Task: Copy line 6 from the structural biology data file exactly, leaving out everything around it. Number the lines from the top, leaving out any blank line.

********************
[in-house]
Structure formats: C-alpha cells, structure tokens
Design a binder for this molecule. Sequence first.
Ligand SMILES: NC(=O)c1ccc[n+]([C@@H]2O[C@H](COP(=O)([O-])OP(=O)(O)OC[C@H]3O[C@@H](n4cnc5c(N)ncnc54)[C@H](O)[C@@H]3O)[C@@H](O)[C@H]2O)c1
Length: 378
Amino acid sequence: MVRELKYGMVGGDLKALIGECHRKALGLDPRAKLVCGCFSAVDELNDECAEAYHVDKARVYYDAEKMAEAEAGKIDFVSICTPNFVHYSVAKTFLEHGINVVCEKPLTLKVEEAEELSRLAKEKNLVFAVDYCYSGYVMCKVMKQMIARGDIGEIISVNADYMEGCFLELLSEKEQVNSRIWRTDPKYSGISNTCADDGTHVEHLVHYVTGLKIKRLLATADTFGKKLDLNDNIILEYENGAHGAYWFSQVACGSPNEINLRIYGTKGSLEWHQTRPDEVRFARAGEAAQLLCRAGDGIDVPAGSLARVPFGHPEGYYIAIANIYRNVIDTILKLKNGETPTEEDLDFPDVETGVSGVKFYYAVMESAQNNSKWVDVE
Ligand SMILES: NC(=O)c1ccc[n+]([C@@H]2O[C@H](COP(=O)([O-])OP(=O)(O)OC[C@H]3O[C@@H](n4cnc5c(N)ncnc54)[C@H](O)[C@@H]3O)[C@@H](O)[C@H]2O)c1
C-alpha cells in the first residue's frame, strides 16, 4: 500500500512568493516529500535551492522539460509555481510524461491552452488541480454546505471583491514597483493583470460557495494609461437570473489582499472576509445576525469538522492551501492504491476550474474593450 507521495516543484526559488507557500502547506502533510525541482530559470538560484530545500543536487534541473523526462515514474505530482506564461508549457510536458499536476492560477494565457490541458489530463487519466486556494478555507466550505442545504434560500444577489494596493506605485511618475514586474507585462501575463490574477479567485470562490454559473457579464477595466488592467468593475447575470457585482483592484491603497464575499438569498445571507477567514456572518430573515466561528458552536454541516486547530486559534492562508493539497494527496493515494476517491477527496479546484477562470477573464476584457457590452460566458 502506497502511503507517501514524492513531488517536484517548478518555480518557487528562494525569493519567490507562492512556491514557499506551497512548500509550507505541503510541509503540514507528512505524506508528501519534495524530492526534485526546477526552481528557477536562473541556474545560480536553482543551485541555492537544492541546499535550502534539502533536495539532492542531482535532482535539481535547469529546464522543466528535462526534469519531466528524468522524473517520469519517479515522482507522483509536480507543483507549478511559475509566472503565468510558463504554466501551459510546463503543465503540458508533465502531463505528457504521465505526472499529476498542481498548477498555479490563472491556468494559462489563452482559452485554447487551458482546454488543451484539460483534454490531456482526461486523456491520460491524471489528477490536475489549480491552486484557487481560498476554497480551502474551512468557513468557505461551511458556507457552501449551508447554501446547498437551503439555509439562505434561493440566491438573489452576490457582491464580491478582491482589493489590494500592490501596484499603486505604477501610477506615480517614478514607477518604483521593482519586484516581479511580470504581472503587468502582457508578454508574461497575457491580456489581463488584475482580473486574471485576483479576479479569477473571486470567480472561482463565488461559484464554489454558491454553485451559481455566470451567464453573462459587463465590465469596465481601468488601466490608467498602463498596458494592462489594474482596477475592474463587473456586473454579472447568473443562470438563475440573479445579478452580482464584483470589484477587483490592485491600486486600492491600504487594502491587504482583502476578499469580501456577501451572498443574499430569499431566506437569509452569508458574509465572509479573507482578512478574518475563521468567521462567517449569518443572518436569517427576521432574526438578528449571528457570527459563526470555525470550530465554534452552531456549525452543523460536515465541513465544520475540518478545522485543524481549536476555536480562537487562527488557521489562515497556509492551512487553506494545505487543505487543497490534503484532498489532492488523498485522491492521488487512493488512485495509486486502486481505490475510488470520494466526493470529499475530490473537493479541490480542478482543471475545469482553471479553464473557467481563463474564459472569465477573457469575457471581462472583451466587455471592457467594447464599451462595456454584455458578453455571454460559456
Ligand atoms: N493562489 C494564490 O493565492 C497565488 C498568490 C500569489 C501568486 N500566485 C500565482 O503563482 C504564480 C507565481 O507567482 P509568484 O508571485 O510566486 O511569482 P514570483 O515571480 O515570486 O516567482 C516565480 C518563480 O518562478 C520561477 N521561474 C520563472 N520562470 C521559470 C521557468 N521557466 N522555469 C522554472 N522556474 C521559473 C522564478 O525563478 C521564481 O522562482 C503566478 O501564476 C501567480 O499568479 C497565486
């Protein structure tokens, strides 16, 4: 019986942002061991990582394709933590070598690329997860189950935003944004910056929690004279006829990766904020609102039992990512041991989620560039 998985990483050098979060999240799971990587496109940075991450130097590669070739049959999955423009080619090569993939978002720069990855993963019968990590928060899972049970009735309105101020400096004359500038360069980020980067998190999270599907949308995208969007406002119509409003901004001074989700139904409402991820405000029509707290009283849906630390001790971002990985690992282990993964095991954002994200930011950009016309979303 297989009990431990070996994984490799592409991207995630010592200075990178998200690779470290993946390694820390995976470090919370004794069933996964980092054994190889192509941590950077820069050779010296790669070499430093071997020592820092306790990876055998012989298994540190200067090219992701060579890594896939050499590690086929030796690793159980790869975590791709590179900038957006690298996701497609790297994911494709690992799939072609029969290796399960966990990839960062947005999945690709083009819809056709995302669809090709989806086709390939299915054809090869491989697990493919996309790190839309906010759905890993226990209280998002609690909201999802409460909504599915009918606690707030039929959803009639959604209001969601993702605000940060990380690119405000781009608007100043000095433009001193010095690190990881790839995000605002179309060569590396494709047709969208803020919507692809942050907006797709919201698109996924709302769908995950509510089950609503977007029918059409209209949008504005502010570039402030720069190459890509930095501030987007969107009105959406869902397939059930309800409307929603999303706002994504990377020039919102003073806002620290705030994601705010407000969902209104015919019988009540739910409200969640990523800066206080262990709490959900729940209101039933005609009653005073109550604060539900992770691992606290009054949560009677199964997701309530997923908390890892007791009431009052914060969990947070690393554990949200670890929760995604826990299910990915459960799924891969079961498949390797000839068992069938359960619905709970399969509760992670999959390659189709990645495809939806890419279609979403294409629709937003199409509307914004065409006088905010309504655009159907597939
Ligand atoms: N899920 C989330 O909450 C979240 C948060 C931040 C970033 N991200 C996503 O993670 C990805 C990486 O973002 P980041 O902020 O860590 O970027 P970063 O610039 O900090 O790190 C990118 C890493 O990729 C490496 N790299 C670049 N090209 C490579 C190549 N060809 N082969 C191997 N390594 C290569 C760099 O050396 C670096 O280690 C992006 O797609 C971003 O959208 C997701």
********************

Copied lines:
Amino acid sequence: MVRELKYGMVGGDLKALIGECHRKALGLDPRAKLVCGCFSAVDELNDECAEAYHVDKARVYYDAEKMAEAEAGKIDFVSICTPNFVHYSVAKTFLEHGINVVCEKPLTLKVEEAEELSRLAKEKNLVFAVDYCYSGYVMCKVMKQMIARGDIGEIISVNADYMEGCFLELLSEKEQVNSRIWRTDPKYSGISNTCADDGTHVEHLVHYVTGLKIKRLLATADTFGKKLDLNDNIILEYENGAHGAYWFSQVACGSPNEINLRIYGTKGSLEWHQTRPDEVRFARAGEAAQLLCRAGDGIDVPAGSLARVPFGHPEGYYIAIANIYRNVIDTILKLKNGETPTEEDLDFPDVETGVSGVKFYYAVMESAQNNSKWVDVE